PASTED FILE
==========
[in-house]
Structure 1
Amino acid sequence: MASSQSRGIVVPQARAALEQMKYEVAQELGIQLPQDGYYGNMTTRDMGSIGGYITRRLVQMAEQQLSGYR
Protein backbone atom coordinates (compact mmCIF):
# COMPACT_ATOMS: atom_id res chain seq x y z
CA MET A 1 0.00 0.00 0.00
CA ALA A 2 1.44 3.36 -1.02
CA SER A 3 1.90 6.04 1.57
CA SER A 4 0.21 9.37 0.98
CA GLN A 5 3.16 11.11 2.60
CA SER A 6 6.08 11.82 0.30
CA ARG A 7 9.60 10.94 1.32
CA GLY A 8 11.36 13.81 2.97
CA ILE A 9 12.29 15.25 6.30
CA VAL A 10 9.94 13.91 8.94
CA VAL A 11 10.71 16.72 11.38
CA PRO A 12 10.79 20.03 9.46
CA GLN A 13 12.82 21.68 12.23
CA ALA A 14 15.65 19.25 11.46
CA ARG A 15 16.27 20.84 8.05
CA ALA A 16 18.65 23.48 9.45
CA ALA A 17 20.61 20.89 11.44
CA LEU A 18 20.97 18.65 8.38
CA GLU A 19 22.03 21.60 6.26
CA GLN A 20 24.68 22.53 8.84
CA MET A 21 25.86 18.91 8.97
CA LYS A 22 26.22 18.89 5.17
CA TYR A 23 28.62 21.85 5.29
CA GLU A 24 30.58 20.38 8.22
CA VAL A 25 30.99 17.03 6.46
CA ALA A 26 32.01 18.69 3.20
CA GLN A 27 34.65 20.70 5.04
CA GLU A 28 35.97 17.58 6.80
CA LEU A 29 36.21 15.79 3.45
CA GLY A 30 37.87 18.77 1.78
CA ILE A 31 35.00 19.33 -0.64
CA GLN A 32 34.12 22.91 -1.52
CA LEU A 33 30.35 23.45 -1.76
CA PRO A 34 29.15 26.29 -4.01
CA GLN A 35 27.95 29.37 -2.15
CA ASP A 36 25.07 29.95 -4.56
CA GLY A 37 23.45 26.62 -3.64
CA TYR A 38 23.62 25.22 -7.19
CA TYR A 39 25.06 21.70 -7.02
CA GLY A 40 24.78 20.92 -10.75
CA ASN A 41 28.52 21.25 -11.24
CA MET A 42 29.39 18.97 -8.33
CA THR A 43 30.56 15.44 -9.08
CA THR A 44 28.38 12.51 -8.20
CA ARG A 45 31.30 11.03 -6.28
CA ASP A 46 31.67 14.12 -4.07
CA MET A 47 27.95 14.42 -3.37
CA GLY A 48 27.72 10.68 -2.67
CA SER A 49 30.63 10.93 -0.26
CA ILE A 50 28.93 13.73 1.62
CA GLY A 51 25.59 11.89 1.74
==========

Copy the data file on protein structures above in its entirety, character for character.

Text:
[in-house]
Structure 1
Amino acid sequence: MASSQSRGIVVPQARAALEQMKYEVAQELGIQLPQDGYYGNMTTRDMGSIGGYITRRLVQMAEQQLSGYR
Protein backbone atom coordinates (compact mmCIF):
# COMPACT_ATOMS: atom_id res chain seq x y z
CA MET A 1 0.00 0.00 0.00
CA ALA A 2 1.44 3.36 -1.02
CA SER A 3 1.90 6.04 1.57
CA SER A 4 0.21 9.37 0.98
CA GLN A 5 3.16 11.11 2.60
CA SER A 6 6.08 11.82 0.30
CA ARG A 7 9.60 10.94 1.32
CA GLY A 8 11.36 13.81 2.97
CA ILE A 9 12.29 15.25 6.30
CA VAL A 10 9.94 13.91 8.94
CA VAL A 11 10.71 16.72 11.38
CA PRO A 12 10.79 20.03 9.46
CA GLN A 13 12.82 21.68 12.23
CA ALA A 14 15.65 19.25 11.46
CA ARG A 15 16.27 20.84 8.05
CA ALA A 16 18.65 23.48 9.45
CA ALA A 17 20.61 20.89 11.44
CA LEU A 18 20.97 18.65 8.38
CA GLU A 19 22.03 21.60 6.26
CA GLN A 20 24.68 22.53 8.84
CA MET A 21 25.86 18.91 8.97
CA LYS A 22 26.22 18.89 5.17
CA TYR A 23 28.62 21.85 5.29
CA GLU A 24 30.58 20.38 8.22
CA VAL A 25 30.99 17.03 6.46
CA ALA A 26 32.01 18.69 3.20
CA GLN A 27 34.65 20.70 5.04
CA GLU A 28 35.97 17.58 6.80
CA LEU A 29 36.21 15.79 3.45
CA GLY A 30 37.87 18.77 1.78
CA ILE A 31 35.00 19.33 -0.64
CA GLN A 32 34.12 22.91 -1.52
CA LEU A 33 30.35 23.45 -1.76
CA PRO A 34 29.15 26.29 -4.01
CA GLN A 35 27.95 29.37 -2.15
CA ASP A 36 25.07 29.95 -4.56
CA GLY A 37 23.45 26.62 -3.64
CA TYR A 38 23.62 25.22 -7.19
CA TYR A 39 25.06 21.70 -7.02
CA GLY A 40 24.78 20.92 -10.75
CA ASN A 41 28.52 21.25 -11.24
CA MET A 42 29.39 18.97 -8.33
CA THR A 43 30.56 15.44 -9.08
CA THR A 44 28.38 12.51 -8.20
CA ARG A 45 31.30 11.03 -6.28
CA ASP A 46 31.67 14.12 -4.07
CA MET A 47 27.95 14.42 -3.37
CA GLY A 48 27.72 10.68 -2.67
CA SER A 49 30.63 10.93 -0.26
CA ILE A 50 28.93 13.73 1.62
CA GLY A 51 25.59 11.89 1.74